Human beings have the capacity to plan, but it is not, according to Shapiro, a moral capacity. We are simply “planning creatures” (119). “And once a legal reasoner recognizes the existence and content of the master plan, he can begin to make descriptive assessments about the law’s perspective on moral rights, obligations, and validity, even if he judges the law’s perspective mistaken from the moral point of view” (192).
Legal rules are plans, or “planlike norms” that allow us, collectively, to achieve complex goals. Plans in turn are “abstract propositional entities that require, permit, or authorize agents to act, or not act, in certain ways under certain conditions” (127). As group size increases, so do complexity, contentiousness, and arbitrariness, thus necessitating the activity of planning (151). The plan is not itself moral, but it facilitates the achievement of moral goods by those subject to it (155-56). Legal systems are fundamentally institutions of social planning, though planning authority need not be centralized, or dangerous. Legal planning is not economic planning, or social planning writ large—the sorts of things feared, with good reason, by Hayek and others. It is not even necessarily top-down planning: a fact to which the common law itself is testament. There is not a single model of law as planning (154-55).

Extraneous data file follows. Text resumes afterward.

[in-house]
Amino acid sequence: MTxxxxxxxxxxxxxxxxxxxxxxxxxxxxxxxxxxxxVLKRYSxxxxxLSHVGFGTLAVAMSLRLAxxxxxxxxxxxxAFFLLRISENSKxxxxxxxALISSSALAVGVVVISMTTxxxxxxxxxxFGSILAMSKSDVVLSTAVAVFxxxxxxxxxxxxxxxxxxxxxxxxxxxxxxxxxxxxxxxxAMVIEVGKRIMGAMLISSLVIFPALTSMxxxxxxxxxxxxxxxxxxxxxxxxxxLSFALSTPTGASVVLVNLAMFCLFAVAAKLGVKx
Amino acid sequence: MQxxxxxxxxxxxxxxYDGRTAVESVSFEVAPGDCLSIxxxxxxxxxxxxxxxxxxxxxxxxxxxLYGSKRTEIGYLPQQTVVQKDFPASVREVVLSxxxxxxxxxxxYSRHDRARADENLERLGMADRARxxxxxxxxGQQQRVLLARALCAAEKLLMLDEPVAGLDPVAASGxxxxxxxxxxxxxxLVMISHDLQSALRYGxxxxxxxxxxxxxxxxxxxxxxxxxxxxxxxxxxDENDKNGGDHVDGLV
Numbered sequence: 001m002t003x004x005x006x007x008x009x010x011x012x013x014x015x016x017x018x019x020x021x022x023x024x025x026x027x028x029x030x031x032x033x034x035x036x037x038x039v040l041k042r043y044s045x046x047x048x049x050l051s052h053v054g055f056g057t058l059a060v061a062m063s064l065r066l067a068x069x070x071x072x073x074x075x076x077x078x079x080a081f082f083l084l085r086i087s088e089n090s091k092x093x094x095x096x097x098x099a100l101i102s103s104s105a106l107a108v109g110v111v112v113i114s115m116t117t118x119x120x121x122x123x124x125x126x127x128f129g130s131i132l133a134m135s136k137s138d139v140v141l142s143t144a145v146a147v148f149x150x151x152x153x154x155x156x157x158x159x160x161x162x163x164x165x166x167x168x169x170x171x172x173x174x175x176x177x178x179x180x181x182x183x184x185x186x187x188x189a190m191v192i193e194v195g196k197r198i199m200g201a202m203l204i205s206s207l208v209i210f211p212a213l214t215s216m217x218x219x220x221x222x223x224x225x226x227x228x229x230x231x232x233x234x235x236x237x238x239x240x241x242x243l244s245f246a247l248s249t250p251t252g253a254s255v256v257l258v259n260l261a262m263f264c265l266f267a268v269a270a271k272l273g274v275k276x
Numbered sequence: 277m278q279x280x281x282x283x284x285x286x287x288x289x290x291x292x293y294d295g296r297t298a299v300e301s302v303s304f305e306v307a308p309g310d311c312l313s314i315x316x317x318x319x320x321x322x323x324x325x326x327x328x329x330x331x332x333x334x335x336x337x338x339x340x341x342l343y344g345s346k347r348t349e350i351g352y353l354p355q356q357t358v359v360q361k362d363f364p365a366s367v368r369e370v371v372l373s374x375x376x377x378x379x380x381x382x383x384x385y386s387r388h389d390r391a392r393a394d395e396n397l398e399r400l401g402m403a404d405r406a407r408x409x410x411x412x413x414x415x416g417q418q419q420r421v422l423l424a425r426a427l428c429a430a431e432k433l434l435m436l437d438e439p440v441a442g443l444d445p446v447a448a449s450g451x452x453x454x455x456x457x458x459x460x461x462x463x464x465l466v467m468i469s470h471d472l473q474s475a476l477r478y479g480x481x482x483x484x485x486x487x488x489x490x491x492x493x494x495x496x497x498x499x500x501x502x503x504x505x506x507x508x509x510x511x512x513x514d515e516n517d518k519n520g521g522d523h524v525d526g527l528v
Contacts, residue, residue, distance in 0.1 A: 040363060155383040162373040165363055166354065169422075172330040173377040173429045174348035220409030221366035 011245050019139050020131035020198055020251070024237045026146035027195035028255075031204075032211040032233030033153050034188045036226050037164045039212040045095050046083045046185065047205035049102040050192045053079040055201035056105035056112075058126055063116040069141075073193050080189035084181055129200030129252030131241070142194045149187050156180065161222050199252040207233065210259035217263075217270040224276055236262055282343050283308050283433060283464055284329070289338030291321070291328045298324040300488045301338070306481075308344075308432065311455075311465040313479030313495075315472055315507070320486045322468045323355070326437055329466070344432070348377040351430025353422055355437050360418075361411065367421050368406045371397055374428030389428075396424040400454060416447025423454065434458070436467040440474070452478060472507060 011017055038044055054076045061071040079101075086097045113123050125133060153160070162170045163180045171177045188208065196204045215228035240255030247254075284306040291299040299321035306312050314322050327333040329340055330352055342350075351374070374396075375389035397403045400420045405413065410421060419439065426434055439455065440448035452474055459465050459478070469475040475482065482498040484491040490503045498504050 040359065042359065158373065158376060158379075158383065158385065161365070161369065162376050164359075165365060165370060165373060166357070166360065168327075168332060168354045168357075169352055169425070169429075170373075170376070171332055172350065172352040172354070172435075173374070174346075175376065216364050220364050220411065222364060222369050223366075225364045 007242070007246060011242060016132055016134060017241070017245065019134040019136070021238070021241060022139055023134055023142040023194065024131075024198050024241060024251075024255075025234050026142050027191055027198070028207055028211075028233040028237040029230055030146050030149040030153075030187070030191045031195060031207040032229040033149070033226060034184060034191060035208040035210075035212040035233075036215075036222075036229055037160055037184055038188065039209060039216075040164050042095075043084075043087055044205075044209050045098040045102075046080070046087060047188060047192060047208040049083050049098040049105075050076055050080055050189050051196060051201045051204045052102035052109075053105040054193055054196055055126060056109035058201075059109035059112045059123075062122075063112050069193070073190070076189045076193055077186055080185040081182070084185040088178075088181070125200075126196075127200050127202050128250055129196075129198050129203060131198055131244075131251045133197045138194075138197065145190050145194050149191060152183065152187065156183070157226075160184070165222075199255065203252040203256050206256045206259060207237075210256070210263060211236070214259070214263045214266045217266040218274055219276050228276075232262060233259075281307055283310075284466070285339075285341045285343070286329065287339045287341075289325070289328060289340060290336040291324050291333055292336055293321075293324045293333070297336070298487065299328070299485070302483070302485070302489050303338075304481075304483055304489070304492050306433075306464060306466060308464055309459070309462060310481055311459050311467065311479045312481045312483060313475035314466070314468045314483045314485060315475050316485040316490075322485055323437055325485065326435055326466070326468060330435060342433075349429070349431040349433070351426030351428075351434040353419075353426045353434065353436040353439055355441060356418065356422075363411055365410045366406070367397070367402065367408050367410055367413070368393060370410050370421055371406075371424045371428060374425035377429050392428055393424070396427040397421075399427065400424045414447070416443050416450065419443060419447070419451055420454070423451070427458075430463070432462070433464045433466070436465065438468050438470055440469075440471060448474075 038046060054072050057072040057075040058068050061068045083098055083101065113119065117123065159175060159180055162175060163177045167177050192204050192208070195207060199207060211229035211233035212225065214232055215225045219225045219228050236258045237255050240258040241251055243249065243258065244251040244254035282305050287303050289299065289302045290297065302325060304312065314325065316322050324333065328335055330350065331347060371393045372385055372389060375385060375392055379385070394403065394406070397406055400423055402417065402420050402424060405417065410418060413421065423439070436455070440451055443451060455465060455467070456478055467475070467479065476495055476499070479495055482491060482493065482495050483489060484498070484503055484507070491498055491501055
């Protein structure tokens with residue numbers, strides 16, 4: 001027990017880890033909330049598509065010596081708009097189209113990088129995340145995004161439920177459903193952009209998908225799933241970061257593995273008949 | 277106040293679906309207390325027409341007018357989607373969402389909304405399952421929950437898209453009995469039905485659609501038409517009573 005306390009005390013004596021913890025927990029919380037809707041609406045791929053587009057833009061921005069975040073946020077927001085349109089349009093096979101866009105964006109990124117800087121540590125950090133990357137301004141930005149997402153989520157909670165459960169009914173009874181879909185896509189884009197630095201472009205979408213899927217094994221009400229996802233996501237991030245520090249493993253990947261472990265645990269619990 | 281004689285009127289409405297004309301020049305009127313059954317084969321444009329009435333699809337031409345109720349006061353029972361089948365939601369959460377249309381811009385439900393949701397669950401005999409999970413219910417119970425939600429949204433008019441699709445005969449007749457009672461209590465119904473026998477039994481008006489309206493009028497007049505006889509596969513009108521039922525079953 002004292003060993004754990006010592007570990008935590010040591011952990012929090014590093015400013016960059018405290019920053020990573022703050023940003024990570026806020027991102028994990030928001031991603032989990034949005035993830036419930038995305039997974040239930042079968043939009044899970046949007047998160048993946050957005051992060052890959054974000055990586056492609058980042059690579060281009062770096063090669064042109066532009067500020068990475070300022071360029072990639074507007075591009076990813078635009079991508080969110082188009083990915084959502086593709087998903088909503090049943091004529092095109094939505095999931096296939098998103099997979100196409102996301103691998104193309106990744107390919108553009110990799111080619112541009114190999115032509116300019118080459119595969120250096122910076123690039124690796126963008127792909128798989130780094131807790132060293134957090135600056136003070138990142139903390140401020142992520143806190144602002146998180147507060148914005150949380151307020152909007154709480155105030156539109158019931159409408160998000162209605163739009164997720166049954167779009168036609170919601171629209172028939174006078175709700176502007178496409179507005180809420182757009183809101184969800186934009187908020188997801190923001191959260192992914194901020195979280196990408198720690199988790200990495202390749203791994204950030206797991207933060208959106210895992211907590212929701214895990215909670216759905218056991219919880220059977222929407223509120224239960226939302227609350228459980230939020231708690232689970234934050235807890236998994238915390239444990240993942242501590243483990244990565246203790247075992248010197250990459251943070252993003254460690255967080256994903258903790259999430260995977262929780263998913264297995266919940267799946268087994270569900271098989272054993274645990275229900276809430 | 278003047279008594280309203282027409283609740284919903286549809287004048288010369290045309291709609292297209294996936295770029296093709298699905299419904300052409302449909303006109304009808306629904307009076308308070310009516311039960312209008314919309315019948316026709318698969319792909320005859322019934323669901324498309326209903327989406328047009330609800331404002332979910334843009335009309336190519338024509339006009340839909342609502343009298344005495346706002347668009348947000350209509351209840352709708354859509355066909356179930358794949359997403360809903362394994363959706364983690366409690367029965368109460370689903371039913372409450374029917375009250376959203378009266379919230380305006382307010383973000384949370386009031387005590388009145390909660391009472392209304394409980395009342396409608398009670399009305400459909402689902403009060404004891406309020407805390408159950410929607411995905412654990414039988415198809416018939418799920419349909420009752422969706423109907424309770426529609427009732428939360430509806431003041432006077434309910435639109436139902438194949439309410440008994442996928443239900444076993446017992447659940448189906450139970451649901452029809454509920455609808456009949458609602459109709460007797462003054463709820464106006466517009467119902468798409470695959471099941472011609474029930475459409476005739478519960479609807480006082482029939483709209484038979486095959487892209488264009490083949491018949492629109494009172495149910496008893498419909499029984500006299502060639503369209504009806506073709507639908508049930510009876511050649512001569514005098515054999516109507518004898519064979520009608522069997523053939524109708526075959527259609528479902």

Shapiro contrasts his planning theory of law with the one expressed by James Madison in Federalist 51, where he famously claimed that if men were angels no government would be necessary. For Shapiro, law does far more than solve the problem of bad character. It effectuates the intentions of those with good character (173-74). Designers of plans care not only that participants plan, but how they plan. The U.S. Constitution, for example, demands planning through democratic self-rule (205). Yet not too much should be specified by the plan. Contrary to the demands of legal formalism, it is often better for the law to be right than to be precise. No plan can anticipate every contingency, nor should it try. Flexibility and discretion are essential if the law is to get things right (258). Even in a positivist, rule-bound planning regime, the rules are not exhaustive or inflexible. “Creators, therefore, necessarily delegate a certain degree of interpretive freedom to their audience” (327).